Today I walked 20 km, from Fromista to Carrión de los Condes. Most people stop here even if they feel strong, because the following 17 km go through a kind of nature preserve and there are no hostels or water fountains, very tough for pilgrims who have been walking since 6 or 6:30 in the morning.
I’m staying at a hostel called Santa María de los Caminos, an albergue run by nuns. They are very young and kind. When we arrived dusty and sweaty with our backpacks and dirty boots, they had set out orange juice and cookies for us. The way they greeted us is a lesson in how to treat people. A little welcoming refreshment isn’t hard to supply, and it provides a nice treat to people who could use it.
Every day on the Camino I either meet someone new or I run into someone I haven’t seen in a few days.
The Way of St. James is a continuous flow of people from all over the world–Romania, Japan, France, Korea, Brazil, Mexico, the U.S., Australia, and more. Someone comes into my life and then passes in a day, so I work at paying attention in the moment.
All that matters is enjoyment of the present moment, because we might not ever see each other again. Or we might meet again the next day, so it is always important to treat each other with kindness and respect.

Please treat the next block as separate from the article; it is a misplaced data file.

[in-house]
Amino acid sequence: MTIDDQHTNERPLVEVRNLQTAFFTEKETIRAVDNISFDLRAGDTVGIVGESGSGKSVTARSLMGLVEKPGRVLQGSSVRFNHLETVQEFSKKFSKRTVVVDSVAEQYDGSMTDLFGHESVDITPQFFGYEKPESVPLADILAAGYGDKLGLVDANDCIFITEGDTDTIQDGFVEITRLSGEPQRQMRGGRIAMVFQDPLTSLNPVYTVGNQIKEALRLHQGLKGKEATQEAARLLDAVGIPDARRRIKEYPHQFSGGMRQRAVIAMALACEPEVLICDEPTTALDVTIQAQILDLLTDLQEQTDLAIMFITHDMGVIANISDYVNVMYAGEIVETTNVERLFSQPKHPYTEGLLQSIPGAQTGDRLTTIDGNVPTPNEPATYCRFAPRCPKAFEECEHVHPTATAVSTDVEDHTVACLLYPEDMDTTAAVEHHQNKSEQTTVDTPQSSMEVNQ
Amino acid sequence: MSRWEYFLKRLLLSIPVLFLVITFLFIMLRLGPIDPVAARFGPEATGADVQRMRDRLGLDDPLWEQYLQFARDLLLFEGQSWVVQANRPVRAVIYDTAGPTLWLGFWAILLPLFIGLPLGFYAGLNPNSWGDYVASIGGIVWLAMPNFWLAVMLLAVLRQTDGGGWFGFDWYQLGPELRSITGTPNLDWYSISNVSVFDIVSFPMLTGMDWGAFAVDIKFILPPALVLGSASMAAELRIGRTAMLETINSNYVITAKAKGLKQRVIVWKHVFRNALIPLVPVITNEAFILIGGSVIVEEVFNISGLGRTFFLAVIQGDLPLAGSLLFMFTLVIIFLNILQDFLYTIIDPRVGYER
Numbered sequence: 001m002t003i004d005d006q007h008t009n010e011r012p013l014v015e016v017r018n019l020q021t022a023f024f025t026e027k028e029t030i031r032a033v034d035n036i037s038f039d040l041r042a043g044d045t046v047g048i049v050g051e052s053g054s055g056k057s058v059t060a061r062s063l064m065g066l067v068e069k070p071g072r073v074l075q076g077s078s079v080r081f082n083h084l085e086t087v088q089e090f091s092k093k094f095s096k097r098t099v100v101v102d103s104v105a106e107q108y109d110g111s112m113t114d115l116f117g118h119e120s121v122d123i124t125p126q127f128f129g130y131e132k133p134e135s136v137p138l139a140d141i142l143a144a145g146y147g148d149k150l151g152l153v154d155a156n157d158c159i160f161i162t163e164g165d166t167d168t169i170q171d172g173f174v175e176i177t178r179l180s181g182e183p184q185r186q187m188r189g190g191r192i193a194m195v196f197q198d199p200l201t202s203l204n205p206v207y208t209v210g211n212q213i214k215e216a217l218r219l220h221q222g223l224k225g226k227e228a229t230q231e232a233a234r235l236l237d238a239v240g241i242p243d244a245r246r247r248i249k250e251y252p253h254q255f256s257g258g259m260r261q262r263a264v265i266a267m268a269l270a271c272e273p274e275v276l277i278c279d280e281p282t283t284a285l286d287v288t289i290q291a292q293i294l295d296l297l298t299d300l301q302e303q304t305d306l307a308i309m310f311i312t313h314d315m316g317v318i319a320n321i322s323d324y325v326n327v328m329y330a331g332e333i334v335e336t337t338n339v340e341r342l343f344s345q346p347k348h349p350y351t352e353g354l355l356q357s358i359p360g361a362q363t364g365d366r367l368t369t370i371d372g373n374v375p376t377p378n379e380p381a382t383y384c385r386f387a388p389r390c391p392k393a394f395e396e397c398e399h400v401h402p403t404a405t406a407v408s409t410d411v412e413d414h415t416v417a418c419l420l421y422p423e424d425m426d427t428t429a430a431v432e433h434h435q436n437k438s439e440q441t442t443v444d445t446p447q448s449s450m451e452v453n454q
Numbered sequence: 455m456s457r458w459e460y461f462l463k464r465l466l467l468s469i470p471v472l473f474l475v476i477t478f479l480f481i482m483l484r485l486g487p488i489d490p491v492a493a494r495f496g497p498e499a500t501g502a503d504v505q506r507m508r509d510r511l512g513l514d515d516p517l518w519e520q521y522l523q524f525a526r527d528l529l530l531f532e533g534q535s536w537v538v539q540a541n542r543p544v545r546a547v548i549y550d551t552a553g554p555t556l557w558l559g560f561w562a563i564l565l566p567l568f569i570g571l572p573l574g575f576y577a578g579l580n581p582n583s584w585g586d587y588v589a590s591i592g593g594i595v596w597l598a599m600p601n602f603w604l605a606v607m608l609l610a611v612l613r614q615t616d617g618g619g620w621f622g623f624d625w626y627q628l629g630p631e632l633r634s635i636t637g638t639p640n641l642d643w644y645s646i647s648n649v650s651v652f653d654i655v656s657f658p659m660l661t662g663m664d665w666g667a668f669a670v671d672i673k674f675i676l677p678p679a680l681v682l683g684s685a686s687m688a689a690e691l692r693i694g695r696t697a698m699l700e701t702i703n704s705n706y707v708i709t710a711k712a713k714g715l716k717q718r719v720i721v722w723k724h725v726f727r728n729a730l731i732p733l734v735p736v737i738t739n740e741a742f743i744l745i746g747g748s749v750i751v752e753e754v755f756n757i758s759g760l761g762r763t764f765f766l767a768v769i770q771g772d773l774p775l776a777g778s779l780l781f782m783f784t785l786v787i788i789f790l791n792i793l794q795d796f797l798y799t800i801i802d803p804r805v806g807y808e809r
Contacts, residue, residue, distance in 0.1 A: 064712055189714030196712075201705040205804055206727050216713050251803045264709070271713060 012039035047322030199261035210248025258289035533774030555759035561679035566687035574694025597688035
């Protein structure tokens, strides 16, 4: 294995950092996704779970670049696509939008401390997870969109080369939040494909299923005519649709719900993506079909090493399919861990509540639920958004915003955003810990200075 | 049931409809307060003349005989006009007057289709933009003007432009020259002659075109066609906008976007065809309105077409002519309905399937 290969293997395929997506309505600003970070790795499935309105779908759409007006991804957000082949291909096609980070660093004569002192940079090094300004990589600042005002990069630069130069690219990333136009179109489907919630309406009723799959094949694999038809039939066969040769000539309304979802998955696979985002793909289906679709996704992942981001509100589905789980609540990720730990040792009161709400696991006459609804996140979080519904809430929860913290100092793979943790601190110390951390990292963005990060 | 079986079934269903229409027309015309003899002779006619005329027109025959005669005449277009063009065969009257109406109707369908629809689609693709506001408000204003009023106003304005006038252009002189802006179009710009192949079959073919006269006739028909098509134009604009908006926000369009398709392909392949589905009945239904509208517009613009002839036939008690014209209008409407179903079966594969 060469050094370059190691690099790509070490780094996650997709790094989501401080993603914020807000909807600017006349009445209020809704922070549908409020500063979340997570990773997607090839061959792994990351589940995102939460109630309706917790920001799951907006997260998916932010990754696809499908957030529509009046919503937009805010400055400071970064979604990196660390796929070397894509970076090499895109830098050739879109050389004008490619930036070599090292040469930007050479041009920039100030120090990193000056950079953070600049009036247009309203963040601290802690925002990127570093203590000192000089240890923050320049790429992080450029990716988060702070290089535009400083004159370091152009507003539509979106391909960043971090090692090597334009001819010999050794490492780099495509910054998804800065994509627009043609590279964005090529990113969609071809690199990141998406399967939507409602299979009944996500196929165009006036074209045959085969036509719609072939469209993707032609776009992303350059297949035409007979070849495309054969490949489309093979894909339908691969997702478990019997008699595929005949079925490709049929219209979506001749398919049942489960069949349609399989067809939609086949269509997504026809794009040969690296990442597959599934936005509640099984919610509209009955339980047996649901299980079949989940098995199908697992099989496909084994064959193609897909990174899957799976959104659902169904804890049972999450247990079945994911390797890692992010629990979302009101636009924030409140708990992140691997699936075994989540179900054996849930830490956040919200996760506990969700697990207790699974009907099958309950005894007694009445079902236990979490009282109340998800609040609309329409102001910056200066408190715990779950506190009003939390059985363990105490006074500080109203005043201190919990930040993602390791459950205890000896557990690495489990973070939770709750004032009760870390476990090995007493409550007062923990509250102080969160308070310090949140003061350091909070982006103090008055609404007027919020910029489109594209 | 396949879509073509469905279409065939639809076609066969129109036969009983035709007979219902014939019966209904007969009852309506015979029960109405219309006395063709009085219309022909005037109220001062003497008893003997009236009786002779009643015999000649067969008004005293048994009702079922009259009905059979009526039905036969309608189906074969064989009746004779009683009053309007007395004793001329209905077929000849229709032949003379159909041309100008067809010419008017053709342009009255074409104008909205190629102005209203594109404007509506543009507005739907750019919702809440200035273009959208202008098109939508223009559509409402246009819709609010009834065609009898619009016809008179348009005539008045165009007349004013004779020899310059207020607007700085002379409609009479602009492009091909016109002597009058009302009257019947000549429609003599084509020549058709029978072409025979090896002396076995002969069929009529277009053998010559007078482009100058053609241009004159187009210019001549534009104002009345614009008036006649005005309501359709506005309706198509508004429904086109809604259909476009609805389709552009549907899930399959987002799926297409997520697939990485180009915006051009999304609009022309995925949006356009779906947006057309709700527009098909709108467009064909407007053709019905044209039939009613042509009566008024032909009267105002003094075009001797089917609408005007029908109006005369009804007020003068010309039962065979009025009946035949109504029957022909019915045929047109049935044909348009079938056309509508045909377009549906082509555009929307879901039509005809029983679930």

Today I met José from Mexico. When I noted that his pack seemed to weigh a lot because I was walking faster than he was, he said it was because his pack was filled with all his sins and fears.
Most of us on the Camino are carrying fears, and some of us carry the memories of past mistakes. But whatever form the Great Creator takes, she forgives us the moment we come into the world. I don’t believe in original sin. I told José we all carry fears, that he is no worse than anyone else.
As far as fear goes, walking through wheat fields under the blue sky with a falcon overhead will burn off any lingering anxieties.